When settlers began arriving in the areas now known as Arizona in the 16th century, one of the major imports they brought along with them to the land and indigenous peoples was their religion. Over the centuries plenty of struggles happened and, as recent news has shown, continue to occur. However, today we’re going to look at the beauty each of these buildings brings to their congregation and the community at large. Most are open for tours so be sure to check them out if you’re in the area.
1. Brophy College Chapel, Phoenix
Sitting on the same site as Brophy College Prepatory, this historic building was built in 1928 in a classic Mission style. It is a registered national historic site and even has a 15th century Italian painting hanging on the walls.
2. Church of the Holy Cross, Sedona
An Arizona icon, this church was designed by a student of Frank Lloyd Wright and follows the architect's well-known organic style. The church appears to emerge from the red rocks and is actually located within the Coconino National Forest.
3. First Methodist Episcopal Church, Glendale
Built in the late 1920s, this national historic relic was designed in the Gothic Revival style as was popular in the early 20th century.
4. Havasupai Bible Church, Supai
If you ever find your way down in the Grand Canyon, check out this building which almost blends into the landscape.
5. Islamic Community Center of Tempe, Tempe
The Islamic Community Center sits a short distance from Arizona State University and was built in 1984. The design was modeled after the Dome of the Rock in Jerusalem and the mosque offers tours on Saturdays at 12:00PM.
6. Mesa Arizona Temple, Mesa
Although not technically a church where worship services are held, the Mormon temple is composed of concrete and terracotta. The site is well-known for hosting annual Easter and Christmas events.
7. Mission San José de Tumacácori, Nogales
Franciscans founded the mission in 1691 at a different site but it was abandoned briefly following the O'odham Uprising in 1751 after decades of violence from the Spanish settlers. Construction on this building began in 1753 in a Spanish Colonial style. However, it was abandoned in 1768 after King Carlos III ordered Jesuit priests to return to Spain under suspicion they were attempting to gain power in the New World.
8. Mission San Xavier del Bac, Tucson
One of the oldest standing Spanish missions in the United States, Father Kino founded San Xavier del Bac in 1692 and Franciscans began building the current mission in 1783. It is best known for its white structure standing against a blue sky and the ornate detail work: a blend of Mexican, Moorish, and Byzantine architectural details.
9. Old Saint Mary's Church, Tempe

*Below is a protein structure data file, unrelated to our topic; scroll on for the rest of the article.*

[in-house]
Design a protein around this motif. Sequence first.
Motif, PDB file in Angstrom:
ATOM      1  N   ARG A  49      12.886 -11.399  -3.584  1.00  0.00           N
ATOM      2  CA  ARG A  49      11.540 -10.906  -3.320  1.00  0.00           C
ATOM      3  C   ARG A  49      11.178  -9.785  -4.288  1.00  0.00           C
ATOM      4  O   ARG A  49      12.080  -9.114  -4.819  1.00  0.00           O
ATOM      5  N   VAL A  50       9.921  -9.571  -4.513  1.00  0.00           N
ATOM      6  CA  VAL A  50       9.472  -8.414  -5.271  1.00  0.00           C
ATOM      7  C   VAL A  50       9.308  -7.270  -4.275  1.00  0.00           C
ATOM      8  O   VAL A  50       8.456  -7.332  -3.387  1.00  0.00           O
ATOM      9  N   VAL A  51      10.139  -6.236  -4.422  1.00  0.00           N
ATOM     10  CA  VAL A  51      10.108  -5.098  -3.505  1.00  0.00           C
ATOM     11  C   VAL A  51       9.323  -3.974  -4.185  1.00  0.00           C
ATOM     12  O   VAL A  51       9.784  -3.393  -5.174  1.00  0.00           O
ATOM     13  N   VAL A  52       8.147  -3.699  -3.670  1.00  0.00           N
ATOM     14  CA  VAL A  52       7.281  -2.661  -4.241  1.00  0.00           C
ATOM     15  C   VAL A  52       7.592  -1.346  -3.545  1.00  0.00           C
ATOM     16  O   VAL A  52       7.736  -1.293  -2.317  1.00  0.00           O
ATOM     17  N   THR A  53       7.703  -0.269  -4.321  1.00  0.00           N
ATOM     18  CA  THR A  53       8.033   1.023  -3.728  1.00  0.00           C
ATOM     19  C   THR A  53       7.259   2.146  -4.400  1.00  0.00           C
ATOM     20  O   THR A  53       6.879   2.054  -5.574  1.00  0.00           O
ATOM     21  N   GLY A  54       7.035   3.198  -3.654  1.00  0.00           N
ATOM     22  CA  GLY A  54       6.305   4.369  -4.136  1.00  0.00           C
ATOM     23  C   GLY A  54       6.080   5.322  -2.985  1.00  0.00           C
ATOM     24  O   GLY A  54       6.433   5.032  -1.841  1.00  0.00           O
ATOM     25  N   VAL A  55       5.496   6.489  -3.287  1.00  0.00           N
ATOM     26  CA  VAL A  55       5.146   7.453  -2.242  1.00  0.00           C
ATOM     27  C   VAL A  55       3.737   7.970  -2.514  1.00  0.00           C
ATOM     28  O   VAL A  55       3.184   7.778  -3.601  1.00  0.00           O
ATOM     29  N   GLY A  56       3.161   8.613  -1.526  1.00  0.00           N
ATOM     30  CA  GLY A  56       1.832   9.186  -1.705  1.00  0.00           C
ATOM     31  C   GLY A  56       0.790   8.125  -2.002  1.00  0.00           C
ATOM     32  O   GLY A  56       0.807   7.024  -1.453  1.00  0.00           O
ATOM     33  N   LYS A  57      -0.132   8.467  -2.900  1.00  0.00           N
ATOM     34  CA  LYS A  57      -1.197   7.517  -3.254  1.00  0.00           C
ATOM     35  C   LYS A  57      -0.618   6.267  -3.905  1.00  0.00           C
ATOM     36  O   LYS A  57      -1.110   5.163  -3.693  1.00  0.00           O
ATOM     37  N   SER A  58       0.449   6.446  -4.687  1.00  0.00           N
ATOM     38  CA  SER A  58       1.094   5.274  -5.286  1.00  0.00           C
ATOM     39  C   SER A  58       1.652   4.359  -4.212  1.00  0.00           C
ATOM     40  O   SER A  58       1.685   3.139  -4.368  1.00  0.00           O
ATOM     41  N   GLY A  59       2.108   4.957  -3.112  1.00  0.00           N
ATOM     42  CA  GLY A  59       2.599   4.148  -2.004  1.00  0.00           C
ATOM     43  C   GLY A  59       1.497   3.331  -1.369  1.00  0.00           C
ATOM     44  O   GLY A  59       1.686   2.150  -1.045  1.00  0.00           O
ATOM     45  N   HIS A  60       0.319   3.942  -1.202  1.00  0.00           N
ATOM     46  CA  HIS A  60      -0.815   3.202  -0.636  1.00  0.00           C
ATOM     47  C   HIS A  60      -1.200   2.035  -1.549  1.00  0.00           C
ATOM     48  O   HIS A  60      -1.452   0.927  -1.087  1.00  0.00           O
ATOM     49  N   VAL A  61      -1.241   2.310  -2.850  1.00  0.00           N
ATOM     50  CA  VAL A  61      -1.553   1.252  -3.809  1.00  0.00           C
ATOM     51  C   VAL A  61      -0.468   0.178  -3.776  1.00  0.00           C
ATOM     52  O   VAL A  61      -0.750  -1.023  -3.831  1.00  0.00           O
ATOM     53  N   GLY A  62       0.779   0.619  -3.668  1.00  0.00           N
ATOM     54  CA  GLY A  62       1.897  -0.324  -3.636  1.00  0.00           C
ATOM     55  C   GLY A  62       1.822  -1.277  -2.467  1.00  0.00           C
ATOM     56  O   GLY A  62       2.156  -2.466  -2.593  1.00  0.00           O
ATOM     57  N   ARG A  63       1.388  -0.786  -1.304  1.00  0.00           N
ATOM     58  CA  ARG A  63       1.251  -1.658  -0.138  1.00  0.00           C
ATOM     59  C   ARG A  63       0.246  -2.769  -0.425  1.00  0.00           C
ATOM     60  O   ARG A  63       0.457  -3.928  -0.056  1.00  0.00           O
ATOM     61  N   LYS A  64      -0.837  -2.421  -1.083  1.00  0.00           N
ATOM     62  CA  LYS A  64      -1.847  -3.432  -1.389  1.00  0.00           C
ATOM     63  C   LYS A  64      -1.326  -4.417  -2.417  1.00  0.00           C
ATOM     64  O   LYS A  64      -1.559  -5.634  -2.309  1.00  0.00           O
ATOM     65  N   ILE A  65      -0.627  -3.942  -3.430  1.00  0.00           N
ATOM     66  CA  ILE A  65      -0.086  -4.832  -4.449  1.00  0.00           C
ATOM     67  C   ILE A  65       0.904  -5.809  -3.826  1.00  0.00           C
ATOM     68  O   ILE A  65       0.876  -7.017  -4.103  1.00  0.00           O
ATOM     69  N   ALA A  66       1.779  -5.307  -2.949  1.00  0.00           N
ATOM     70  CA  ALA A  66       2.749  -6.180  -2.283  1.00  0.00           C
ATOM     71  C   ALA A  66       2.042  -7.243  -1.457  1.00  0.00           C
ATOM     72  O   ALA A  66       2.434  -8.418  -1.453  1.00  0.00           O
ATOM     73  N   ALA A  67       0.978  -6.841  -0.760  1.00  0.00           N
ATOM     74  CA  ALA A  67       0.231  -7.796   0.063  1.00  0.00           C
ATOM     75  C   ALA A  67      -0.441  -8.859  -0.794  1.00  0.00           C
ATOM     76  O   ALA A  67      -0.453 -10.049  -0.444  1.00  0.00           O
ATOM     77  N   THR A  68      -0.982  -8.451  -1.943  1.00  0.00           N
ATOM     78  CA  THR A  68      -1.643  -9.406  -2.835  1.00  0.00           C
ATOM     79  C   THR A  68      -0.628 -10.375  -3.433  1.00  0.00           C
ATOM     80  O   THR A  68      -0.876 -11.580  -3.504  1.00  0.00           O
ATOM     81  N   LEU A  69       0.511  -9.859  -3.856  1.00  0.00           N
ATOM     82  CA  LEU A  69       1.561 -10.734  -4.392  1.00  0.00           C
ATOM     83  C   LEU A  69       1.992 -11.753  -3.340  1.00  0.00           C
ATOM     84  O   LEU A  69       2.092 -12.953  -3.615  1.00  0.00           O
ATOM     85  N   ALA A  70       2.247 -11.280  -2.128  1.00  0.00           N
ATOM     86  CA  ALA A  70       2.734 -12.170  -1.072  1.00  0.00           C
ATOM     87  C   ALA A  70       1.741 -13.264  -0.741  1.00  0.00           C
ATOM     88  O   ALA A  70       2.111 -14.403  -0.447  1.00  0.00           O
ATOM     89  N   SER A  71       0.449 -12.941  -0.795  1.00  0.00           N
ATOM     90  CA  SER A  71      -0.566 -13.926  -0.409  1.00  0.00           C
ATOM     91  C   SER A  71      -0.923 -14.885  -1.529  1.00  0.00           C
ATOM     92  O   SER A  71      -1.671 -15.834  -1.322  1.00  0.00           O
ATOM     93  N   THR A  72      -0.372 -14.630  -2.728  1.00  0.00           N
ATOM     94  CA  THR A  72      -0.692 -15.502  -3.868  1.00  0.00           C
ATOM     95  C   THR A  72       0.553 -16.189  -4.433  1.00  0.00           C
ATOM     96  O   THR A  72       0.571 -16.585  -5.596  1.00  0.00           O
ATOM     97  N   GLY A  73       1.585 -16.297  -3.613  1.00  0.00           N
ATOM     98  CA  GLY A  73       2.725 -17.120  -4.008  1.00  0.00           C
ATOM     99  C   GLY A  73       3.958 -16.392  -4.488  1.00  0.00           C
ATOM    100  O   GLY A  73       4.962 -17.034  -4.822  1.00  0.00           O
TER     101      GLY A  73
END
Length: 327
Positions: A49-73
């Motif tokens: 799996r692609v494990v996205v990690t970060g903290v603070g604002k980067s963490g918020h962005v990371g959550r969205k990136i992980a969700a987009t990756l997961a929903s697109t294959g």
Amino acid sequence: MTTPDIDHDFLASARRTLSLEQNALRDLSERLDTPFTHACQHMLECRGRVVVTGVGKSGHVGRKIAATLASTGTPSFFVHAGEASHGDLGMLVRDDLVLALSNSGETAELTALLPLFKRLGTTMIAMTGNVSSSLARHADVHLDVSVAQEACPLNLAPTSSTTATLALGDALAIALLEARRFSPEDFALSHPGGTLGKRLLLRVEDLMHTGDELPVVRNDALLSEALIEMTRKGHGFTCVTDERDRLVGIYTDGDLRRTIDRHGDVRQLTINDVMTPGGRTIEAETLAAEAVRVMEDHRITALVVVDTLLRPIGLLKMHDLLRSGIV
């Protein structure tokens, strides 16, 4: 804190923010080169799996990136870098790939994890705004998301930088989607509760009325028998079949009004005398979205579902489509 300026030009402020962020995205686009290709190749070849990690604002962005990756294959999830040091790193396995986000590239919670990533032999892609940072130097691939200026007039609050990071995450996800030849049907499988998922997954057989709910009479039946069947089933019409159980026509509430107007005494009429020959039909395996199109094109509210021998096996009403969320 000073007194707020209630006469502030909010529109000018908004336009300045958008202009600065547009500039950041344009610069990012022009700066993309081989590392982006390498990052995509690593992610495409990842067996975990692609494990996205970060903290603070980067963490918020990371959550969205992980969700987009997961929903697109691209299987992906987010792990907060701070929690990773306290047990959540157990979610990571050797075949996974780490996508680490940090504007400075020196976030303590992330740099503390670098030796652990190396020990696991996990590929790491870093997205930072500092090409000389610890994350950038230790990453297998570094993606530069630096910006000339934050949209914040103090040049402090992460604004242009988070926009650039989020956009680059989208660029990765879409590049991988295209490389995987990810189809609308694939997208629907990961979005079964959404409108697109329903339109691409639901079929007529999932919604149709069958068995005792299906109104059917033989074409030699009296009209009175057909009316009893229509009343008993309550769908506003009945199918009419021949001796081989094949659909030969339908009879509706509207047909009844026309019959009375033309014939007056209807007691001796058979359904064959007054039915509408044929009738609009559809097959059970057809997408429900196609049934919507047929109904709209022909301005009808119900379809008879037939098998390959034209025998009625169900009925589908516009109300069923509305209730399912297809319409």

Also known as the All Saints Catholic Newman Center, this is the oldest standing church in the Valley. Old Saint Mary's sits at the edge of the Arizona State University campus and is, in fact, considered a national landmark.
10. Pioneer Chapel, Phoenix
This cute little church is actually a copy of the St. Paul's Methodist Episcopal Church that sat in Globe until 1927. The reconstruction is based off of photos and personal descriptions before the original church was torn down.
11. Saint Anthony Greek Orthodox Monastery, Florence
At first glance, this chapel does not look like it would be sitting in central Arizona. However, this building is part of a recent construction built a few miles away from the Monastery grounds, which also features a handful of other buildings open to tours.
12. Saint Augustine Cathedral, Tucson
This church was founded and built in 1776 but suffered from disuse by the 1850s. It was rebuilt in 1897 and in its present condition resembles a cathedral in Queretaro, Mexico.
13. Saint Mary's Basilica, Phoenix
Another old location in the Valley, this church was founded in 1881 and construction on the present day building finished in 1914. Because of its central location, the church is a well-known icon and also a nationally registered historic place.
14. Temple Emanu-El, Tucson
The first synagogue built in Arizona, construction finished and the temple was dedicated in 1910. However, the congregation eventually moved to another location in 1949 and this is now the home of the Jewish Heritage Center of the Southwest.
15. But none quite matches the beauty of Arizona's nature for places for prayer
The best sense of serenity for prayer, worship, or meditation can happen when you walk out into nature at sunrise.
Are there any sites we left out that you think should have been featured? Let us know in the comments below!